Run, Shoot, Repeat: Mando Keeps on Kicking


In my last post, I discussed how the two major science fiction franchises, Star Trek and Star Wars, now had live action TV series  that were carrying on their legacies. I dissected Star Trek Discovery in that post. In this one, I turn my eye to the Star Wars series, The Mandalorian.

When I heard the initial premise for The Mandalorian, I was not particularly enthused. A bounty hunter? In the Outer Rim, dealing with low-life criminal types? This was an aspect of the Star Wars universe that didn't feel compelling to me. But the first season was a revelation. It had the feel of the original trilogy, but it took us to new places and expanded upon existing concepts. And of course, there was Baby Yoda.

The second season began airing on October 30, 2020, and as of this writing, there have been five episodes released. This season is so far notable for giving viewers a look at the larger Star Wars universe, providing greater insight into how things are shaping up since the death of the Emperor and rise of the New Republic in Return of the Jedi, and the introduction of characters who create a bridge from the animated shows, The Clone Wars and Star Wars Rebels, to the live action Star Wars universe.

By once again building off of existing concepts, and incorporating fan favorite characters and ideas, The Mandalorian has managed to keep the enthusiasm level high. Star Wars lore is a seemingly bottomless well that yields new surprises every time it is plumbed. So far we've been delighted by revisiting Tatooine and finally seeing a Krayt dragon, discovering the recovered armor of Boba Fett,  witnessing X-wing chases through an icy canyon, seeing the first live action appearance of Mandalorian Bo-Katan Kryze, reuniting with Greef Karga and Cara Dune, uncovering more of Moff Gideon's plans, and now, finally, encountering Ahsoka Tano.

Although I've enjoyed this entire season, episodes 12 and 13 (The Siege and The Jedi) stood out to me. Seeing Mando invade an Imperial base with his colleagues Karga and Dune was thrilling, and the clues regarding Moff Gideon's plan were tantalizing. Those tanks full of bodies seemed to tie into the new trilogy and Emperor Palpatine's cloning program.  Considering the level of controversy among fans over the new trilogy, I thought it was surprising that the series' creators, Jon Favreau and Dave Filoni, would want to create such a connection. But I could be totally off-base with this idea. In The Jedi, we finally see former Jedi Ahsoka Tano in the flesh, via actor Rosario Dawson, and she did not disappoint. The episode was written and directed by Filoni, who co-created the character (with George Lucas) in 2008. Filoni gives Ahsoka a fitting showcase, as she faces off with a truly deplorable opponent, and gives Mando his first real clue about the Child's background, including his name, Grogu.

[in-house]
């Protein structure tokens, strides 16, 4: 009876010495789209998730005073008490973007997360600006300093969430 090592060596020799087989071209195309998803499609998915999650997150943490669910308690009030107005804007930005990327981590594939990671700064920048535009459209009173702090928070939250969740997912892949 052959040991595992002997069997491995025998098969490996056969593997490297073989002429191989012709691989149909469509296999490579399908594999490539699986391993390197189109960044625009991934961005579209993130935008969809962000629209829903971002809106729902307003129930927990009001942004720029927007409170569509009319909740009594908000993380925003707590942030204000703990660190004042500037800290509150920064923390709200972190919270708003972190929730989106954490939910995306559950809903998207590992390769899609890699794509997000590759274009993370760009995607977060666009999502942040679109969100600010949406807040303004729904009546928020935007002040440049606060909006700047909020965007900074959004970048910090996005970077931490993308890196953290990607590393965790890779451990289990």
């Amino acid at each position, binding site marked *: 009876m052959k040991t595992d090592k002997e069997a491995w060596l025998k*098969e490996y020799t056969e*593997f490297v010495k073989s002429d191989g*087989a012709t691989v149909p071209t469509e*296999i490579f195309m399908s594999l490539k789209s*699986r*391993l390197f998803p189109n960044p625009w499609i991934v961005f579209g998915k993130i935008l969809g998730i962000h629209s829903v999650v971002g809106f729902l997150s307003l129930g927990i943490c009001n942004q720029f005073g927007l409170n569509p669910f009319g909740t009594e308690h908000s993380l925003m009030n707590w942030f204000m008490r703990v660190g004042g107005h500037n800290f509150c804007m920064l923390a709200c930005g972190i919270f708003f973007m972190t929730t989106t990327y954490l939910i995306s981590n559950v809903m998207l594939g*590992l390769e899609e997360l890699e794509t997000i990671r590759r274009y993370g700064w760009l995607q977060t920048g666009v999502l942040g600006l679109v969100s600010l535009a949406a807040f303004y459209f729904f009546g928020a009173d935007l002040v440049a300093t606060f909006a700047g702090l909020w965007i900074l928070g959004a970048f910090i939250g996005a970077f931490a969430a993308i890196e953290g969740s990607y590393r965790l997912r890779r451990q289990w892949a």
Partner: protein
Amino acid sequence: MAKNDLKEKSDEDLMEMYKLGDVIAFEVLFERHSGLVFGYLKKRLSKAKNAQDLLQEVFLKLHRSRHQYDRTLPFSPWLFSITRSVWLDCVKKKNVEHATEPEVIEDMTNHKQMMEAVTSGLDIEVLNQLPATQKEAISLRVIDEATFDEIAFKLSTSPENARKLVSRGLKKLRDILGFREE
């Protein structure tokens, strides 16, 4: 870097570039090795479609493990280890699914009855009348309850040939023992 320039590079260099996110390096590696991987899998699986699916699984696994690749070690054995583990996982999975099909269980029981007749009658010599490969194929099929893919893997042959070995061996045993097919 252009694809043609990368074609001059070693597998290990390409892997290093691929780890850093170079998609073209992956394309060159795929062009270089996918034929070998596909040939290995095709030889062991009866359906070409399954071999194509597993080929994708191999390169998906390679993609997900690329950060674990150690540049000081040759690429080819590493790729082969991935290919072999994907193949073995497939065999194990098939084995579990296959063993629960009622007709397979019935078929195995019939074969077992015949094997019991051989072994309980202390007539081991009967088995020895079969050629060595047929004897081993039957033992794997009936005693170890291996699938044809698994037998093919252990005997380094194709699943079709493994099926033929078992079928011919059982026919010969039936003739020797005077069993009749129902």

In some ways, a lot has happened in five episodes. But has it really? The main plot - Mando's efforts to find a Jedi to help train Grogu - has not moved forward very much. Each episode seems to be a sort of 'side quest' that takes him away from his goal. Little progress is made and the episodes, while exciting, have a certain sense of repetition. 

With only three episodes left, it seems safe to say that there are a handful of things that will likely occur by season's end. Mando will take Grogu to Tython, where he will reach out through the Force. The call will probably alert both friend and foe. Mando and Grogu will run afoul of Moff Gideon and/or his forces. Grogu may be abducted by Gideon, and a Jedi might show up to save him. Or this may stretch into next season. And what of the stranger who appeared at the end of episode 1? Will we see Boba Fett before the season ends? How would he fit into the story - working for Gideon? I'm guessing Fett will wait for next season.

For the most part, this has been a satisfying season, although the lack of progress on the main story has become obvious, and depending on how the season resolves, it may impact that appreciation. One thing that does bother me is that there never seems to be a chance to take a breath and see how Din Djarin himself may be changing and growing. Has he thought any more about what Bo-Katan said about different groups of Mandalorians and their practices? And what about his relationship with Grogu? We see a few hints that it has grown stronger; he expresses some pride when the child uses the Force to bring the gearshift knob to him. But he still keeps his helmet on even when he eats in front of Grogu. 

This brings me to another question: what is the endgame here? Will Mando ever separate from Grogu?  That would be a show-killer. Baby Yoda has become a phenomenon and removing him from the show seems highly unlikely. So where does the story go? You could spend all or most of next season trying to rescue him. But again, that just delays the inevitable. Is he destined to go off and train with a Jedi or not? 

But these are questions for the future. Right now, the show is entertaining and exciting. It's something I  look forward to each week. It has been able to tell a new story and still expand the Star Wars universe in a way the new trilogy didn't. The Mandalorian doesn't feel as hemmed in as the new trilogy, since it isn't constrained by being linked to the Skywalker saga. There's a lot to explore, but as this season has shown, there's also the potential for it to get stale if they can't move the main plot forward successfully.


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